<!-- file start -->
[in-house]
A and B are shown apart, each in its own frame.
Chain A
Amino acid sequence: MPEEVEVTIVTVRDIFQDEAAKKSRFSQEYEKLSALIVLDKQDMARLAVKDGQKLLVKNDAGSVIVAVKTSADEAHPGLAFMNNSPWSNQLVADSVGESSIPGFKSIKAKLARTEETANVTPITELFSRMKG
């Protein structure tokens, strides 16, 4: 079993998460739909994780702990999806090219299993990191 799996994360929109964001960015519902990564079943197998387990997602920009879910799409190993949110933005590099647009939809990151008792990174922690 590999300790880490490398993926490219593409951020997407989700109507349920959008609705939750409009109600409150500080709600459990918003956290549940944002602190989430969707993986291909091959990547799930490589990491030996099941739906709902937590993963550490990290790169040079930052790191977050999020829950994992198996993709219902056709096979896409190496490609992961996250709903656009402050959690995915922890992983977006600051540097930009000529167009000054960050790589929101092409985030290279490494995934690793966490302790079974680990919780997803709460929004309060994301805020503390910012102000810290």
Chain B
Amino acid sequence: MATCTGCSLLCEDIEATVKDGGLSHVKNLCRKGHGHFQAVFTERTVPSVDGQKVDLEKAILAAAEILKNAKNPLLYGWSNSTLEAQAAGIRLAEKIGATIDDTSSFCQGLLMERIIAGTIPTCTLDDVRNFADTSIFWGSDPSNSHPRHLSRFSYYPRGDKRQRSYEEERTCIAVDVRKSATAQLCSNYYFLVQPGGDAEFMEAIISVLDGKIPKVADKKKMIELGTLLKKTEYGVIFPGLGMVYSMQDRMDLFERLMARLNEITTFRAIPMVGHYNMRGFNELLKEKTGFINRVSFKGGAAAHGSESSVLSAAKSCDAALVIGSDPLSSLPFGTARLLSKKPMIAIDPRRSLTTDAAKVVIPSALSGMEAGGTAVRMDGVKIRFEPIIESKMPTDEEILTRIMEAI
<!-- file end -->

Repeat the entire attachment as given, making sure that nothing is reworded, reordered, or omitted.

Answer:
[in-house]
A and B are shown apart, each in its own frame.
Chain A
Amino acid sequence: MPEEVEVTIVTVRDIFQDEAAKKSRFSQEYEKLSALIVLDKQDMARLAVKDGQKLLVKNDAGSVIVAVKTSADEAHPGLAFMNNSPWSNQLVADSVGESSIPGFKSIKAKLARTEETANVTPITELFSRMKG
């Protein structure tokens, strides 16, 4: 079993998460739909994780702990999806090219299993990191 799996994360929109964001960015519902990564079943197998387990997602920009879910799409190993949110933005590099647009939809990151008792990174922690 590999300790880490490398993926490219593409951020997407989700109507349920959008609705939750409009109600409150500080709600459990918003956290549940944002602190989430969707993986291909091959990547799930490589990491030996099941739906709902937590993963550490990290790169040079930052790191977050999020829950994992198996993709219902056709096979896409190496490609992961996250709903656009402050959690995915922890992983977006600051540097930009000529167009000054960050790589929101092409985030290279490494995934690793966490302790079974680990919780997803709460929004309060994301805020503390910012102000810290």
Chain B
Amino acid sequence: MATCTGCSLLCEDIEATVKDGGLSHVKNLCRKGHGHFQAVFTERTVPSVDGQKVDLEKAILAAAEILKNAKNPLLYGWSNSTLEAQAAGIRLAEKIGATIDDTSSFCQGLLMERIIAGTIPTCTLDDVRNFADTSIFWGSDPSNSHPRHLSRFSYYPRGDKRQRSYEEERTCIAVDVRKSATAQLCSNYYFLVQPGGDAEFMEAIISVLDGKIPKVADKKKMIELGTLLKKTEYGVIFPGLGMVYSMQDRMDLFERLMARLNEITTFRAIPMVGHYNMRGFNELLKEKTGFINRVSFKGGAAAHGSESSVLSAAKSCDAALVIGSDPLSSLPFGTARLLSKKPMIAIDPRRSLTTDAAKVVIPSALSGMEAGGTAVRMDGVKIRFEPIIESKMPTDEEILTRIMEAI